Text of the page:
Restoring Engine Bay Rubber Pieces

Jim Carroll -
MiataNuts of Hampton Road

So, it's Spring coming on, time to freshen up your Miata in preparation for "topless" motoring on the Highways and Byways! You pop the hood to check on the fluids, and do a quick air cleaner check, and WHOA!, what's all that brown crud on my air intake tube?! What you are seeing is oxidation of the outer layers of a rubber piece that will occur with heat and outgassing of the volitles as it ages. Upon closer examination, just about all flexible rubber parts under the hood will show this damage, including heater hoses, wiring grommets, radiator hoses, and vibration isolators. Left unchecked, they will stiffen, crack, and eventually fail.

Some people I know have tried ArmourAll on these parts, but to no avail, the parts don't appear to like the stuff, get really greasy, and in some cases have caused earlier damage and failure.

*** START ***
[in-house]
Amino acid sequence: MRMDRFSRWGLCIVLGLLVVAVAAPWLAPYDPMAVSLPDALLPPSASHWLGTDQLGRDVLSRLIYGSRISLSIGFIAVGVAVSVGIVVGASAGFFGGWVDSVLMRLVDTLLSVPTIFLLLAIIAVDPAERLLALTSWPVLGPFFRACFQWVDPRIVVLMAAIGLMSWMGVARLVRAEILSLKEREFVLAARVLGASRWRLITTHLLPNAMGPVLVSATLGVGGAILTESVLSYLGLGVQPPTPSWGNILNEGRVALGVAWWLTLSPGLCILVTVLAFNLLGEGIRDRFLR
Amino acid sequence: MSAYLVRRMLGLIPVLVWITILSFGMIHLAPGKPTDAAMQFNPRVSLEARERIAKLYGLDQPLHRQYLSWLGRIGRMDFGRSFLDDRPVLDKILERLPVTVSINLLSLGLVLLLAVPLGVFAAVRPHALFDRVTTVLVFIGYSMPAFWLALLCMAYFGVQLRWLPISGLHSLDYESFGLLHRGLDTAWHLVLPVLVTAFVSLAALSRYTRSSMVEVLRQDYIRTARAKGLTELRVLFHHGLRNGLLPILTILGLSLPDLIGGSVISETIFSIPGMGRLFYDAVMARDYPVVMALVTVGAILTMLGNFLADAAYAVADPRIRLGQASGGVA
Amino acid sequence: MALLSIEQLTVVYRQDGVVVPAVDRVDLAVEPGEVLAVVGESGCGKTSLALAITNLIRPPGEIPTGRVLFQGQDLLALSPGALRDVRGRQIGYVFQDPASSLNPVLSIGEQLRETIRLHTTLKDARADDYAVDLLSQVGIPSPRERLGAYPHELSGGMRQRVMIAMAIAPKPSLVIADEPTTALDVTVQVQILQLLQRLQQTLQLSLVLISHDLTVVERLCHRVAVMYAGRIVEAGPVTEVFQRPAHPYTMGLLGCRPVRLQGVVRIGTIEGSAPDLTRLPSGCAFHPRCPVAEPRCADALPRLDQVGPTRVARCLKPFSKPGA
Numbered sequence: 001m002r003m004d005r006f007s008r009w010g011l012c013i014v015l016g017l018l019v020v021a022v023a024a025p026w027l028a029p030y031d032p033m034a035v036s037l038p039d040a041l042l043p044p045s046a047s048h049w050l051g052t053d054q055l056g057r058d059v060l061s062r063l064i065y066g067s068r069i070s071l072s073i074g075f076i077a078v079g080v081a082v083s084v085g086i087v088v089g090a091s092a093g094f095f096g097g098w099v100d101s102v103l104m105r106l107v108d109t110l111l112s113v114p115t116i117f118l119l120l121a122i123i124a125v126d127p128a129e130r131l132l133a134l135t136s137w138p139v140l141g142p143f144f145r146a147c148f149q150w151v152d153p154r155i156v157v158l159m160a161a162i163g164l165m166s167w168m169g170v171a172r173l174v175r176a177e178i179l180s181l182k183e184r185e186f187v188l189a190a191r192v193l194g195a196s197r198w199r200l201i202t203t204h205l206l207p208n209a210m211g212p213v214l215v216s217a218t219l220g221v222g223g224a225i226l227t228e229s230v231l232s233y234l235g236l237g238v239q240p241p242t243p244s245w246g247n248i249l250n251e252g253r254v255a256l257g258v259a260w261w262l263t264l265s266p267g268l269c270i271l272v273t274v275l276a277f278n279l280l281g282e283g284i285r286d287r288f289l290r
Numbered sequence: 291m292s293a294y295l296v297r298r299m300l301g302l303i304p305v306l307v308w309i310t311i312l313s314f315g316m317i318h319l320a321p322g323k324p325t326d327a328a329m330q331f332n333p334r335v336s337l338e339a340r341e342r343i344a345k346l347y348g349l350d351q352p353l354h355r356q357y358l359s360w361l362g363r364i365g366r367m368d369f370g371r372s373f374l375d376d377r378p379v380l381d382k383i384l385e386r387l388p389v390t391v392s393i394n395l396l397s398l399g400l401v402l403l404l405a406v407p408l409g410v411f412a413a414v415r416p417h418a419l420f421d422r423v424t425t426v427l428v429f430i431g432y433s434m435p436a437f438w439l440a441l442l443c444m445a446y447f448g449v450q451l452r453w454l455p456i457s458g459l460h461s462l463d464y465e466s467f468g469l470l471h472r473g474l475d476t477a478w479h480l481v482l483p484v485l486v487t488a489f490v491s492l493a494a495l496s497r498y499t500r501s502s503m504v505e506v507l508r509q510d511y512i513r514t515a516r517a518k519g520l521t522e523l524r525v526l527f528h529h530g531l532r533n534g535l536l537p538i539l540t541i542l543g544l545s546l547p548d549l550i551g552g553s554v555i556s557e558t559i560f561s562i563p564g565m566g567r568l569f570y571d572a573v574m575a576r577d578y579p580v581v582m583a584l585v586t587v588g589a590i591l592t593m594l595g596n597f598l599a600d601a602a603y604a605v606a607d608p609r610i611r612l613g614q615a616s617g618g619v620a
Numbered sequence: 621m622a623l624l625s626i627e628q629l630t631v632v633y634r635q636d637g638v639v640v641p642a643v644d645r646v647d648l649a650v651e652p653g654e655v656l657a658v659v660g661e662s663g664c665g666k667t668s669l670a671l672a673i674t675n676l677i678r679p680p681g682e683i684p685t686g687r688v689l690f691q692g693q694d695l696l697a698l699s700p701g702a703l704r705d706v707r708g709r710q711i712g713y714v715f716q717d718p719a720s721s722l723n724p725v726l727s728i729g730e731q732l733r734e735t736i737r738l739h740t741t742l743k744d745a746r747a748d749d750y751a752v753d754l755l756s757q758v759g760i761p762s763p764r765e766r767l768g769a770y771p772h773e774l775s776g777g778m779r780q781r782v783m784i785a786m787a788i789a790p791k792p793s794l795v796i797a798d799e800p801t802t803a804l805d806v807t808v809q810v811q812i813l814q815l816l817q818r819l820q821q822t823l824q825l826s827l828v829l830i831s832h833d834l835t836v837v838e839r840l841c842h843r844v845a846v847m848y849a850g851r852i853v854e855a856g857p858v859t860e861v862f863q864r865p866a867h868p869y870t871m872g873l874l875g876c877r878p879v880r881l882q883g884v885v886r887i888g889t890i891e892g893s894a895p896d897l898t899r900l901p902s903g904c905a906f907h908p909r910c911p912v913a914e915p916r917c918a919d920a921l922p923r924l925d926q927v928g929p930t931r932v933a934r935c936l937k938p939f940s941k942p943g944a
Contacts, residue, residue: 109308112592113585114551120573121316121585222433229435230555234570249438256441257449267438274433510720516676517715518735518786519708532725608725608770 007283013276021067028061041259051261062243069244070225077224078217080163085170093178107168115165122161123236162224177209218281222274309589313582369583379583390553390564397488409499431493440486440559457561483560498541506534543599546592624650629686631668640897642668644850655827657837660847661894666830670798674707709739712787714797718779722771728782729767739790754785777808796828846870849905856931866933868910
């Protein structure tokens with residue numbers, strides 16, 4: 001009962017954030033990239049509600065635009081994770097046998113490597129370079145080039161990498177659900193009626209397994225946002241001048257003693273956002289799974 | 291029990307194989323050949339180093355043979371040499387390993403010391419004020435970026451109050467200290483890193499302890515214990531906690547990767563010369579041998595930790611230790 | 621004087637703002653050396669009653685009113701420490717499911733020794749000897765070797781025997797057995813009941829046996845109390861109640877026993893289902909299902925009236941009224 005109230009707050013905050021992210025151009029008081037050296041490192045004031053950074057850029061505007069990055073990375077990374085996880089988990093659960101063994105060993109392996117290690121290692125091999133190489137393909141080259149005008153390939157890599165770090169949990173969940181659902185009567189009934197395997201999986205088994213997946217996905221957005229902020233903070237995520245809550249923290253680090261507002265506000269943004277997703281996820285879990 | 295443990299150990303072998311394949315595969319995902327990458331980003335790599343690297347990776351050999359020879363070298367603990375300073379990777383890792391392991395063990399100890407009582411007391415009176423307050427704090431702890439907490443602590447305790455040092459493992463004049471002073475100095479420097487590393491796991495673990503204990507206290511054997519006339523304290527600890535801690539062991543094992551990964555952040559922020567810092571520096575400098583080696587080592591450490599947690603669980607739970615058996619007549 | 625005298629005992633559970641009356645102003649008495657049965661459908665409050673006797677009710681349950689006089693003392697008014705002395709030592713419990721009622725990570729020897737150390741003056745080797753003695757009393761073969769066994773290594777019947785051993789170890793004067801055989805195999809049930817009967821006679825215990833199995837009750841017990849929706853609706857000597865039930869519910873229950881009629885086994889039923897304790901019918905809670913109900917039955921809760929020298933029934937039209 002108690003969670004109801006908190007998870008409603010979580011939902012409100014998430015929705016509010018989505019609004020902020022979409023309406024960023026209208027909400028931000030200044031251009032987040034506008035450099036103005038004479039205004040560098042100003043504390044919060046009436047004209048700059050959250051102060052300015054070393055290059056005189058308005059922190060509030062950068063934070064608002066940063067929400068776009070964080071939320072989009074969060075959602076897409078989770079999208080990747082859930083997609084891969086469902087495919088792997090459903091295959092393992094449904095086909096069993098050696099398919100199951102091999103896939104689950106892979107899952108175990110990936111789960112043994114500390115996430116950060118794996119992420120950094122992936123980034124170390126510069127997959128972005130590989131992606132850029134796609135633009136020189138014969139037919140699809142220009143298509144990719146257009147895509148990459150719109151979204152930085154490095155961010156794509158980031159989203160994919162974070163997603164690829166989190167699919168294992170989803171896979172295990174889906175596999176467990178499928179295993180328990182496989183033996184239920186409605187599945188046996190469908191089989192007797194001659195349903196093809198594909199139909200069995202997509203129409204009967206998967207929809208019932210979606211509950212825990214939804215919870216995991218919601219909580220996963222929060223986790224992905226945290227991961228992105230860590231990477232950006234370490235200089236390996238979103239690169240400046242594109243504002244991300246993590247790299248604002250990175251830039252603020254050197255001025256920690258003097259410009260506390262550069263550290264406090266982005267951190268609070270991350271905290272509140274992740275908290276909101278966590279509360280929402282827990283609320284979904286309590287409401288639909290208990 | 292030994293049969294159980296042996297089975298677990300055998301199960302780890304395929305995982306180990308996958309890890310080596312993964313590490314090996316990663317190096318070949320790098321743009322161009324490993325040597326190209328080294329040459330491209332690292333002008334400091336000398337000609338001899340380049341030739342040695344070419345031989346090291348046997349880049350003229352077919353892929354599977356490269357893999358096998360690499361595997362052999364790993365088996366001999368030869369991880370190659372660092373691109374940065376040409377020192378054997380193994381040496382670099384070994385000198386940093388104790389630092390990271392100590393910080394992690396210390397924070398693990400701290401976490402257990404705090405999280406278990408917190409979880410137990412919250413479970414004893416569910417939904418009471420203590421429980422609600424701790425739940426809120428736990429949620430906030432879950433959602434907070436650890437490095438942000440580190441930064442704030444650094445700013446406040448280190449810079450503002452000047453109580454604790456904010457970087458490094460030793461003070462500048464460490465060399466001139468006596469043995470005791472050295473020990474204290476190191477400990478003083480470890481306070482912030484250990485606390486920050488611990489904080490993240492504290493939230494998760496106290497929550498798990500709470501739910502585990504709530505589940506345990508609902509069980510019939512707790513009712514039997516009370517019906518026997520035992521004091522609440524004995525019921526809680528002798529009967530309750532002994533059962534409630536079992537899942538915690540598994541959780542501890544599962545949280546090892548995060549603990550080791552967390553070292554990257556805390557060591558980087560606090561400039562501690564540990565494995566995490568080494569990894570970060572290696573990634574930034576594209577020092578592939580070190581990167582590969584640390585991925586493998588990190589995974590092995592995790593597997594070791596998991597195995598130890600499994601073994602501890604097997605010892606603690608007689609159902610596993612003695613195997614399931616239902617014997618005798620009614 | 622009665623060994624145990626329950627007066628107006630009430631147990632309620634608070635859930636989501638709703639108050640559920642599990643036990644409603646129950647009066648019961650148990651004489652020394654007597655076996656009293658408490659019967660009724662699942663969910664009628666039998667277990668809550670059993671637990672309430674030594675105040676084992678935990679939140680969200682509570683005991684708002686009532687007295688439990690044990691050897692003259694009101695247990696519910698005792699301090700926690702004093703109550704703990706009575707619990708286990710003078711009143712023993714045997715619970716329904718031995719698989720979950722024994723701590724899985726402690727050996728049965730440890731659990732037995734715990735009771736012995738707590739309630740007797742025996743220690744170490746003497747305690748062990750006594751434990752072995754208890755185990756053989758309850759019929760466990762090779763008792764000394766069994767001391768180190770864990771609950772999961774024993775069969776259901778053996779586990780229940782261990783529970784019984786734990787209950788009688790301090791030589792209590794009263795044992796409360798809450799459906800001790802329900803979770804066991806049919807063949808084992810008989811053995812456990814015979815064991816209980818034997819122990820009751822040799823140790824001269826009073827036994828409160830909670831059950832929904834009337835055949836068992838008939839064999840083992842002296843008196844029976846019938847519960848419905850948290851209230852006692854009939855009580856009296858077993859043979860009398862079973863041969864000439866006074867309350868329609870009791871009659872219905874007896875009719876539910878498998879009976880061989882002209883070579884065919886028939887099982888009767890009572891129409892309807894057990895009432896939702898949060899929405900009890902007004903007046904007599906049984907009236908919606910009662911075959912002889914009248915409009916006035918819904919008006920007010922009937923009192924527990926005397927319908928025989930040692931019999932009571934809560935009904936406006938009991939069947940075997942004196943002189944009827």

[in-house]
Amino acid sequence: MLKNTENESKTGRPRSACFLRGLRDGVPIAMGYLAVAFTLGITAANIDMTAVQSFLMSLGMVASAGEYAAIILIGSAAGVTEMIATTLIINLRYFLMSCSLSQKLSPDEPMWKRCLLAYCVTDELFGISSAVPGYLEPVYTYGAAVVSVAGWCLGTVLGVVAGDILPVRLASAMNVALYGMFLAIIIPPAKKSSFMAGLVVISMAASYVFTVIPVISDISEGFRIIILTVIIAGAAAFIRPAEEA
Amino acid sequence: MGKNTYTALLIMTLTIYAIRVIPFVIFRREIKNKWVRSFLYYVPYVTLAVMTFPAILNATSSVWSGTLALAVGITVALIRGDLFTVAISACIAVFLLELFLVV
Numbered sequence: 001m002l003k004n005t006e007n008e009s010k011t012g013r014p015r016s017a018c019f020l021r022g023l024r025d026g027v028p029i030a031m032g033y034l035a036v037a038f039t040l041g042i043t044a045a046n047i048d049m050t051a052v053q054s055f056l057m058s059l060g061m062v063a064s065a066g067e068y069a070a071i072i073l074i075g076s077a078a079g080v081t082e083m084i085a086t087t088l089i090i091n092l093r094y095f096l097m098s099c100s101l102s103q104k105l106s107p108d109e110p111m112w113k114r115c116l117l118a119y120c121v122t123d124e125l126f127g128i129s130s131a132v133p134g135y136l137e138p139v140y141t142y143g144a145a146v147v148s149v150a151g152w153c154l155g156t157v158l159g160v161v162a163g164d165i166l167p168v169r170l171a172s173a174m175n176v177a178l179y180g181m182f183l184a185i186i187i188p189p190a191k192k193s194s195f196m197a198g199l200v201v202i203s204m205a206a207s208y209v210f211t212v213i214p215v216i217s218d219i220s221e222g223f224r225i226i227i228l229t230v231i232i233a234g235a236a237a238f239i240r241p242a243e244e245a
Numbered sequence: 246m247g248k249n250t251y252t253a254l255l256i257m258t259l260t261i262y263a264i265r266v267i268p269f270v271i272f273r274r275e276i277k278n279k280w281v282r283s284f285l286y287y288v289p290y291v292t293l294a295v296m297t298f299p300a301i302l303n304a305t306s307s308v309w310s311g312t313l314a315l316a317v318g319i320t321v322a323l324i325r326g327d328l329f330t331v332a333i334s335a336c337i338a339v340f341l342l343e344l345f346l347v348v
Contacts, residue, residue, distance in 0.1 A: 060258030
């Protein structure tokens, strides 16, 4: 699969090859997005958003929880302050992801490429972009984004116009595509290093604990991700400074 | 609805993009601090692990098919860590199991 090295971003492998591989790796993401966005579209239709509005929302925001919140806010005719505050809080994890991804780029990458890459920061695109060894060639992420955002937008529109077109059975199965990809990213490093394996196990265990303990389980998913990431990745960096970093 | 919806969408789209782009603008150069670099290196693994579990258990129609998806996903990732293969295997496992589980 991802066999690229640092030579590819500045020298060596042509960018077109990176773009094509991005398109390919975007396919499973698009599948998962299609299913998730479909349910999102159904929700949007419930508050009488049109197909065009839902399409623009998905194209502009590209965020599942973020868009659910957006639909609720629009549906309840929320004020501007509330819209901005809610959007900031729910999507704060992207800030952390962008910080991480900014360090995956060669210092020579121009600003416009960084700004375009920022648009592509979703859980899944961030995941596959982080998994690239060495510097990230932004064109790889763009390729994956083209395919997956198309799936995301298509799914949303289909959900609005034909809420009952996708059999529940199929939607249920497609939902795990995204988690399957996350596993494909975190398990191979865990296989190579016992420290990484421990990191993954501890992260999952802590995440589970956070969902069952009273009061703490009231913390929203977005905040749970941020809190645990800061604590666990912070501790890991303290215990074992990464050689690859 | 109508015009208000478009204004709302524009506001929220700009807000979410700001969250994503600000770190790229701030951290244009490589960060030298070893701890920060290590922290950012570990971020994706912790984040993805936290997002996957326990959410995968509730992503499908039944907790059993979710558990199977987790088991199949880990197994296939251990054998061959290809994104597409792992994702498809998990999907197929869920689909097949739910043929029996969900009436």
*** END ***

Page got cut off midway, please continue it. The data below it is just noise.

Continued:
I happened to remember something I saw and asked about as a Kid. (Don't even ask when!!) A local car lot specializied in Sports Cars, MGs, Triumphs, and Alfa Romeos. I loved the cars, and would go there to hang out, get odd jobs, and listen to anyone about the cars who would talk to me. One of the detail guys would always wipe down the hoses with a rag he dipped in a pail he kept in the paint locker. Since I was his helper for the day, I asked him what it was. He was a good guy, and told me it was used Power Steering Fluid. He asked me why I thought he did this, I drew a blank, so he explained.

It turns out one of the main jobs power steering fluid and automatic transmission fluid do, is maintain the seals in their respective systems. These seals are made of the same material that the hoses were, and so it helped restore some of those volitiles mentioned above.

So, I took some NEW power steering fluid, put some on a rag, and tried it on a 2" square patch of the intake tube. The more I rubbed it in, the more the brown disappeared, and the heathier the tube felt, softer and pliable. I drove the car for a week to see if something bad would happen.

No problems, so I did everything in the engine bay I could reach. The results were parts with a deep black color, a soft resiliancy, and a good looking Miata that I wasn't ashamed to pop the hood on. Cost? $1.09 for the Power Steering Fluid, and an old cotton sock!

Back to the Garage

17 July, 2003